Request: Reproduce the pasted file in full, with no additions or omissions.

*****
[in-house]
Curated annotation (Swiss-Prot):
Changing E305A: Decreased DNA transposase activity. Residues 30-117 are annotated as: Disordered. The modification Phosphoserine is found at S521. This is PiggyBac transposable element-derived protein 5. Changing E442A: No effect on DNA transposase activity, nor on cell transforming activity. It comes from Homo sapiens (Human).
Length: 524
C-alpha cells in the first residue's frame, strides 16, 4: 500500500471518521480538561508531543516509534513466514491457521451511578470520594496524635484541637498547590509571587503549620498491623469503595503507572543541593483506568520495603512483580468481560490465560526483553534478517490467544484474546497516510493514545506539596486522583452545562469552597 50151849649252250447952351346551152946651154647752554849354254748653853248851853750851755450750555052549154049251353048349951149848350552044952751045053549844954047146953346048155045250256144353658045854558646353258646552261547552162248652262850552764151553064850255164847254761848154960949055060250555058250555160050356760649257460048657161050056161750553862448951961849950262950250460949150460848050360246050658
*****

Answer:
[in-house]
Curated annotation (Swiss-Prot):
Changing E305A: Decreased DNA transposase activity. Residues 30-117 are annotated as: Disordered. The modification Phosphoserine is found at S521. This is PiggyBac transposable element-derived protein 5. Changing E442A: No effect on DNA transposase activity, nor on cell transforming activity. It comes from Homo sapiens (Human).
Length: 524
C-alpha cells in the first residue's frame, strides 16, 4: 500500500471518521480538561508531543516509534513466514491457521451511578470520594496524635484541637498547590509571587503549620498491623469503595503507572543541593483506568520495603512483580468481560490465560526483553534478517490467544484474546497516510493514545506539596486522583452545562469552597 50151849649252250447952351346551152946651154647752554849354254748653853248851853750851755450750555052549154049251353048349951149848350552044952751045053549844954047146953346048155045250256144353658045854558646353258646552261547552162248652262850552764151553064850255164847254761848154960949055060250555058250555160050356760649257460048657161050056161750553862448951961849950262950250460949150460848050360246050658